Mindfulness Tricks to Reduce Anxiety

Source: https://www.pexels.com/
Source: https://www.pexels.com/

What is anxiety?

It is the body’s natural reaction to stress. It is apprehension or fear about what is to come. Most people are fearful and nervous on the first day of school, going to a job interview, or giving a speech.

However, if your anxiety symptoms are severe, last for more than six months, then you may have an anxiety disorder.

What are anxiety disorders?

It is normal to be stressed about moving to a new location, starting a new job, or taking a test. Although this type of anxiety feels unpleasant, it may motivate you to work harder and do a better job. Ordinary anxiety is a passing feeling that does not interfere with your daily life.

In the case of an anxiety disorder, you may experience fear all of the time. It is intense and, at times, hindering.

This type of anxiety can cause you to abandon activities that you enjoy. It may prevent you from entering an elevator, crossing the street, or even leaving your house in extreme cases. If the anxiety is not treated, it will worsen.

Mindfulness Tricks to Reduce Anxiety

Anxiety can drain your mental energy and have physical consequences. But, before you become anxious about being anxious, know that research has shown that simple mindfulness practice can help you reduce your stress and anxiety.

Mindfulness is about being aware of daily life signs and the things we usually ignore. It’s about lowering down the volume in your mind by returning to your body.

Don’t worry. You don’t have to invest an hour of your pay on a class or contort your body into awkward positions. You are likely already have everything you need to practice mindfulness. Use these tips to incorporate short bursts of mindfulness into your day to reduce anxiety and calm your mind.

Set an intention

There is a cause why your yoga instructor instructs you to set an intention for your practice that day. Setting a purpose, whether in your morning journal or before essential activities, can help you concentrate. Set an intention for something that causes you anxiety, such as giving a big speech at work.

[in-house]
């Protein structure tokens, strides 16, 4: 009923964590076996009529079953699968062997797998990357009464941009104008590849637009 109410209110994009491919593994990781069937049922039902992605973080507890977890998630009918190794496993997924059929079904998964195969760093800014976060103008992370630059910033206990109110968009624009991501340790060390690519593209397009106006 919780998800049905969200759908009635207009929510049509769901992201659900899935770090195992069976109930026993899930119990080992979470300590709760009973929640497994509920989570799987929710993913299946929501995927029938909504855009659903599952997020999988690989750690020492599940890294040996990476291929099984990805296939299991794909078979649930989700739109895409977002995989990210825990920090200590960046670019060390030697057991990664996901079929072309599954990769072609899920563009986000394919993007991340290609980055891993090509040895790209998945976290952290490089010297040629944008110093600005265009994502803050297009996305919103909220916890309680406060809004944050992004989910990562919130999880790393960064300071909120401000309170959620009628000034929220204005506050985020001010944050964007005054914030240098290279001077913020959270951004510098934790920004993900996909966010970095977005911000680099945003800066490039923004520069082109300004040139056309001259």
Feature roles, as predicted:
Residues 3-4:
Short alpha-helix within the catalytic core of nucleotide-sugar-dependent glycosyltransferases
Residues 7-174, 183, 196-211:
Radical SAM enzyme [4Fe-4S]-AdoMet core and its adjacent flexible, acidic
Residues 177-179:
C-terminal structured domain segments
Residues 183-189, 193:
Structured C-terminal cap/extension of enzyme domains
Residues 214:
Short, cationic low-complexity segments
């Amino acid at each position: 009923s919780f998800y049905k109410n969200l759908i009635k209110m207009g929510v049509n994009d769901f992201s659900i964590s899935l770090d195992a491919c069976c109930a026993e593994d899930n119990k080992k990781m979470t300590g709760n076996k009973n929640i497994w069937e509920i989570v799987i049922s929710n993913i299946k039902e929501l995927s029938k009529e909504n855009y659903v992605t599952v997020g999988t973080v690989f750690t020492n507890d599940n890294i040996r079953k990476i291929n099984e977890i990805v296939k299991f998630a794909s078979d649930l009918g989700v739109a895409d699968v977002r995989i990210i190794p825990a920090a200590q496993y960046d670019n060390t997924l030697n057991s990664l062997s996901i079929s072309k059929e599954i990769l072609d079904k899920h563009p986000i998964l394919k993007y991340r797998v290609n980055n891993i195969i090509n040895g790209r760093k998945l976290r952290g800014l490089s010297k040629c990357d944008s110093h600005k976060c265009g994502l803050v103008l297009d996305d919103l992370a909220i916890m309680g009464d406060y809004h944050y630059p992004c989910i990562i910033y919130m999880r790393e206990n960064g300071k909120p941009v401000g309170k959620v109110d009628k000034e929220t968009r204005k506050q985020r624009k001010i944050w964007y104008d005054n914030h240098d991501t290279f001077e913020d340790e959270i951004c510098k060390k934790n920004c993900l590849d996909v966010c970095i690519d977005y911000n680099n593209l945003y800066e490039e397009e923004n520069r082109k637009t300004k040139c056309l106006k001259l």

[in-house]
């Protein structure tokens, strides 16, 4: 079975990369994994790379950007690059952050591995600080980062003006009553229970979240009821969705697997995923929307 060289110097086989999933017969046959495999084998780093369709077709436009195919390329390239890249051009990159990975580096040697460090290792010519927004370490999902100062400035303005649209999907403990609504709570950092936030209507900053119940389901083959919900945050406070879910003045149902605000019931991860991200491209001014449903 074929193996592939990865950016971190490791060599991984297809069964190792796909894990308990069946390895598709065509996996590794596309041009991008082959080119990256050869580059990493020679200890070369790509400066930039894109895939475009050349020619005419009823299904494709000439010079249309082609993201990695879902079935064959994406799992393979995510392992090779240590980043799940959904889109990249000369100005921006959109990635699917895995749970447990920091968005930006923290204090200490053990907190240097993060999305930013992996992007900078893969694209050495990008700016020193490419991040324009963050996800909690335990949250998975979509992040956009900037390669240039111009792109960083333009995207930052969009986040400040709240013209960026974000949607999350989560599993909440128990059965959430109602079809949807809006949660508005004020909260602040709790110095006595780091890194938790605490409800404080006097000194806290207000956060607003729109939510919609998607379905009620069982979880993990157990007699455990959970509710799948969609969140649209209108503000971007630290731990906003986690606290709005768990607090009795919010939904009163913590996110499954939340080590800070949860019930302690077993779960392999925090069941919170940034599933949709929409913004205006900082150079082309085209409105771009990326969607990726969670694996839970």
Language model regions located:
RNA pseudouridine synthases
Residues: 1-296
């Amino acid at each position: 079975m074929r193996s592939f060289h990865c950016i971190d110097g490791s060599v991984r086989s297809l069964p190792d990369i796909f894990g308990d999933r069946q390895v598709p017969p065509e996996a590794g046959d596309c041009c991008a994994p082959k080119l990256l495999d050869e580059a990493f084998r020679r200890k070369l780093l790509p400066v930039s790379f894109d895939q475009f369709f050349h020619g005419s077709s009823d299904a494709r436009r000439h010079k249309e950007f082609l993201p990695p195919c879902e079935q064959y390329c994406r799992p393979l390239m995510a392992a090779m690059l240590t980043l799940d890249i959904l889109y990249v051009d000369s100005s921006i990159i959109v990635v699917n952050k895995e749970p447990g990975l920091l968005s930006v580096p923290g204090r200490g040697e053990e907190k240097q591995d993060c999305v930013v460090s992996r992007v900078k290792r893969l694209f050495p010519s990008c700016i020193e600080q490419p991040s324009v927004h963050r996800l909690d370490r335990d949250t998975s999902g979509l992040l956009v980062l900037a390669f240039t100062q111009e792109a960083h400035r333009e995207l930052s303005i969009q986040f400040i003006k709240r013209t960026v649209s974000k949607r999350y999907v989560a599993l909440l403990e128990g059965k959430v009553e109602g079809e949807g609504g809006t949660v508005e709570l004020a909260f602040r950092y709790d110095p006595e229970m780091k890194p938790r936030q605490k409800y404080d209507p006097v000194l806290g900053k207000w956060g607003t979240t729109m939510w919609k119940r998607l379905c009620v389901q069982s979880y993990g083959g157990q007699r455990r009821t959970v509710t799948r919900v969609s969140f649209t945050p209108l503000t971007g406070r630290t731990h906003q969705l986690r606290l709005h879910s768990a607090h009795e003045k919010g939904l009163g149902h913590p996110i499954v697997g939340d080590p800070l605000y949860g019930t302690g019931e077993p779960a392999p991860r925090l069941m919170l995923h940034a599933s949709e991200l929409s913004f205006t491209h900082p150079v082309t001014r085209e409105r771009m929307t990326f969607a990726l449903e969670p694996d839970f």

For example, before going to the gym, you can intend to take care of your body or treat your body with kindness.

Participate in a guided meditation or mindfulness practice

Apps and online programs are excellent ways to get a taste of practice without committing to an expensive class or devoting a lot of time. There are numerous free guided meditations available online.

Color or doodle

Allow yourself a few minutes to doodle. You’ll get your creative juices flowing and give your mind a rest. Is drawing a source of stress for you? Invest shamelessly in a coloring book, adult or otherwise. You’ll have the benefit of being able to complete a task without having to face a blank page.

Go for a walk

Being outside helps with anxiety. Pay attention to the feel of the wind on your skin, the sounds around you, and the smells. Keep your phone away in your pocket or at home, and try to stay present by focusing on your senses and surroundings. Start with a quick walk around the block and see how you feel.

Wishing for other people to be happy

This one is from author and former Google pioneer Chade-Meng Tan takes only 10 seconds. This is a purely mental practice. You do not need to tell the person; set the positive energy. Try it on your way to work, at the office, at the gym, or while waiting in line. Bonus points if you are annoyed or upset with someone and then (mentally) wish them happiness instead. Meng, who has been nominated for eight Nobel Peace Prizes, could be onto something.

Lookup

Not just from your phone, laptop, or whatever screen is in front of you. Whether you’re taking out the trash or arriving home late, take a few deep breaths into your belly while gazing up at the stars. Allow the universe to remind you that life is more significant than your worries or your inbox.

Brew on it

Making a cup of tea is a valued ritual in many cultures around the world. Set yourself up for success by concentrating on each step of the process. When you pull out the leaves, how do they smell? What color is the water when you first add the tea? Sense the heat of the cup on your hand as steam rises from the cup. If you have the time, sip your tea without being distracted. Don’t you like tea? This practice is simple to do while making rich, aromatic French-pressed coffee.

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